The Boutique Financial Plan_ning Principals Group (BFPPG) has emerged as an indirect ben_eficiary of the Federal Govern_ment’s plan to streamline dis_closure requirements in the financial services sector.
The plan has led to a truce in an ongoing dispute between the BFPPG and the Australian Secu_rities and Investments Com_mission (ASIC) over the regula_tor’s interpretation of compli_ance under the ‘incorporation by reference’ regulation.
Conciliation came in the form of an apparent gentleman’s agreement by ASIC not to force the BFPPG to change its rec_ommended Statements of Advice (SOA) for long-term member clients to comply with its interpretation of the recent Financial Services Reform (FSR) regulation.
The agreement was sealed in an informal discussion between ASIC director of compliance and financial services Darren Williams and BFPPG compli_ance and FSR committee chair_man Bruce Baker.
The discussion occurred last month at a Financial Services Consultative Committee meet_ing in Brisbane, hosted quarterly by ASIC to allow financial serv_ices industry representatives to discuss relevant issues.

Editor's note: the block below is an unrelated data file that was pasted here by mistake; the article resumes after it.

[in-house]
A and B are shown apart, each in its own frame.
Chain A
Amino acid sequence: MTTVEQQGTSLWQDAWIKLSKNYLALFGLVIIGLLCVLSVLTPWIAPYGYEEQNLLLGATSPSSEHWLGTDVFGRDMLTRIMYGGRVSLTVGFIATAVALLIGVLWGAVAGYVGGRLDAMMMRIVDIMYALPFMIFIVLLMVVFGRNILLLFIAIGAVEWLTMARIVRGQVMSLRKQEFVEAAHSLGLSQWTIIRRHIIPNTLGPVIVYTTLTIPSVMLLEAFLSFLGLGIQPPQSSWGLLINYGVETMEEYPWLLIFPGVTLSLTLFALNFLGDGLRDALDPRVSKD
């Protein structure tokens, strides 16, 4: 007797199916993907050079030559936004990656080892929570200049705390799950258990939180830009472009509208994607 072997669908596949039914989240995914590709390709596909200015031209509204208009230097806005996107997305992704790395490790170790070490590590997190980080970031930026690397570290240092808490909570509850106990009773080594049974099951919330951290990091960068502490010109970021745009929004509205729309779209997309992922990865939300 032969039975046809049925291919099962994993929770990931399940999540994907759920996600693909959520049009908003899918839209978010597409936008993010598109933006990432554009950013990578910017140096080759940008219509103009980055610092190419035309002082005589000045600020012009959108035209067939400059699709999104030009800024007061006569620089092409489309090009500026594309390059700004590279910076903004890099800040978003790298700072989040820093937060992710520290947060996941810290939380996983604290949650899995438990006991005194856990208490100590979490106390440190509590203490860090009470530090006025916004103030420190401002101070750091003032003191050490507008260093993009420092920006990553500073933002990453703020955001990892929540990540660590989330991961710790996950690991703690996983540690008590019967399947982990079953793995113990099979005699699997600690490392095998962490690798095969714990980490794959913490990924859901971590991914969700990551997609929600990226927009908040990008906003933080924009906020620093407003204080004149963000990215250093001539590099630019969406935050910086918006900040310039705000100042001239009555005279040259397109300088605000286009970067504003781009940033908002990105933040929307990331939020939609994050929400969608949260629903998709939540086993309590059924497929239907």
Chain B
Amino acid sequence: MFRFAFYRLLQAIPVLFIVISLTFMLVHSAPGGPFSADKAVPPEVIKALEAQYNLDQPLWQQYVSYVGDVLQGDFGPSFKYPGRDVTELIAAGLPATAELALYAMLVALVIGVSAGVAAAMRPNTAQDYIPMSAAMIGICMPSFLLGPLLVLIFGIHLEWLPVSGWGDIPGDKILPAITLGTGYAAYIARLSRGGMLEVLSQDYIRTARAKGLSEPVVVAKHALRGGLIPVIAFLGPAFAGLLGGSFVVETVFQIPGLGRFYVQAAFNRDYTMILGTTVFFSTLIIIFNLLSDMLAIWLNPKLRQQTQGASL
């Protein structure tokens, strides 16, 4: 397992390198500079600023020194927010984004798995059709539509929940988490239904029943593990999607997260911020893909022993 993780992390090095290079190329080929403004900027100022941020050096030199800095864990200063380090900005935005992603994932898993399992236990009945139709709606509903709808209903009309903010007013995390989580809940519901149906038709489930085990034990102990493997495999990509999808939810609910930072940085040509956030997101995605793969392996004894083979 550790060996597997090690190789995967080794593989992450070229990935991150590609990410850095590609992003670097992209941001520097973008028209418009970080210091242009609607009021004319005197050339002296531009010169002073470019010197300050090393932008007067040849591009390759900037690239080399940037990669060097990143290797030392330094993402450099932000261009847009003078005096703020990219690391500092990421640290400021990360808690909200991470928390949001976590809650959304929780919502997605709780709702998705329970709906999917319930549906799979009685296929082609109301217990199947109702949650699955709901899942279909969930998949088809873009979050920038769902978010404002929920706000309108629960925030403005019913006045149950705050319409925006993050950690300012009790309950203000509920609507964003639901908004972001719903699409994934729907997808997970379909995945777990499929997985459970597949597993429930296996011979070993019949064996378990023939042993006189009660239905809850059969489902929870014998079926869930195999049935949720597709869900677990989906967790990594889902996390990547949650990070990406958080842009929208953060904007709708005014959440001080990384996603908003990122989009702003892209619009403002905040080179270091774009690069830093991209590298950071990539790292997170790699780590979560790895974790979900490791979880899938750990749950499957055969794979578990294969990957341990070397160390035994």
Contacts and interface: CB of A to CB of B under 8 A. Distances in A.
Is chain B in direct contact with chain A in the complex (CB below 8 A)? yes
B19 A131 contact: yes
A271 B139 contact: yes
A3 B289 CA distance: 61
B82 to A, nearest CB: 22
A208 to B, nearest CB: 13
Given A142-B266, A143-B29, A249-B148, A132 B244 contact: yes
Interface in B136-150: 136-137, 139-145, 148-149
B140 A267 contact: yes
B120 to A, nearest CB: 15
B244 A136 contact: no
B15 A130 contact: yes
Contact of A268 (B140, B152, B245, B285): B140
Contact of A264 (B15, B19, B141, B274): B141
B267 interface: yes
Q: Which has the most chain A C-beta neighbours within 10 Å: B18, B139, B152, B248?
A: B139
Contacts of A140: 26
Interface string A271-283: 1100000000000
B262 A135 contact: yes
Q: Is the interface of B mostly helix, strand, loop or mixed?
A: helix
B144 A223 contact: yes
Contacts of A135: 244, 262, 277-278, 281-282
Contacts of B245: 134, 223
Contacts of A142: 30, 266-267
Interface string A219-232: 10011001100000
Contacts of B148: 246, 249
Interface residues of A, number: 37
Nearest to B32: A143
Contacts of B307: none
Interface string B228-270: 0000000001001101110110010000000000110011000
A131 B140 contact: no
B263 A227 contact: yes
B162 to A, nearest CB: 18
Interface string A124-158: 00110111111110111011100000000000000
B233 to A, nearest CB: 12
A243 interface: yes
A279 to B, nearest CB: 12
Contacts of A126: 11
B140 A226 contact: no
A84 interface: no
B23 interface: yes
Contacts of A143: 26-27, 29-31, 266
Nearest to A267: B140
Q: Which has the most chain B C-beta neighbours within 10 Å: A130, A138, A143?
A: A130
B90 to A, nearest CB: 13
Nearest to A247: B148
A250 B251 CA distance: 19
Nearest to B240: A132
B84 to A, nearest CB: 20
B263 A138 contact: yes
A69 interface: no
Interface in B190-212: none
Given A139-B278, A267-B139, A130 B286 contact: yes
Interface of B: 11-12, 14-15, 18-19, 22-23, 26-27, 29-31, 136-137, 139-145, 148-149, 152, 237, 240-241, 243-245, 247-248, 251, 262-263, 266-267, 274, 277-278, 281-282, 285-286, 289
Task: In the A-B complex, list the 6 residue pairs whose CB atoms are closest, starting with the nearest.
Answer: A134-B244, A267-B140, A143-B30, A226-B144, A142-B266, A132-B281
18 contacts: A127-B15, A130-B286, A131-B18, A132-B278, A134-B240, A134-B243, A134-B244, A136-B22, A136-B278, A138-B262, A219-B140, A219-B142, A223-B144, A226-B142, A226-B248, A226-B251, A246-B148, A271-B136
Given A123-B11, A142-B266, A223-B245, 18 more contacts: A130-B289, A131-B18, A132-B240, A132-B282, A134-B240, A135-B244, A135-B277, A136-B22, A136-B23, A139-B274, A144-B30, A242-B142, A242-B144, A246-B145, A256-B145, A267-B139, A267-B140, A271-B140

According to Baker, also prin_cipal of Brisbane-based finan_cial planning firm Puzzle Finan_cial Advice, Williams said ASIC “would not be interested in tak_ing action as long as our (BFPPG member) clients were not harmed”.
“I guess we agreed that while we have a difference of opinion on the interpretation of the reg_ulation, the whole thing had become a non-issue (as a result of the proposed changes).”
Previously, ASIC had been intent on forcing the BFPPG to change its rec_ommended SOAs for mem_bers “giving regular and ongoing investment advice to clients”, he said.
Equally, he added, the BFPPG had been deter_mined to resist ASIC’s inter_pretation that the regulation “requires us to specifically cross-reference all other documents that might be required to make this (type of) SOA compliant”.
Before the launch of the regulation last year, the BFPPG had simply included a heading at the top of these SOAs explaining “we real_ly expected each new piece of advice to be treated (by clients) in the context of the whole”.
We felt this was the only practical way of providing very short pieces of advice to a long-term client that they would read, Baker said.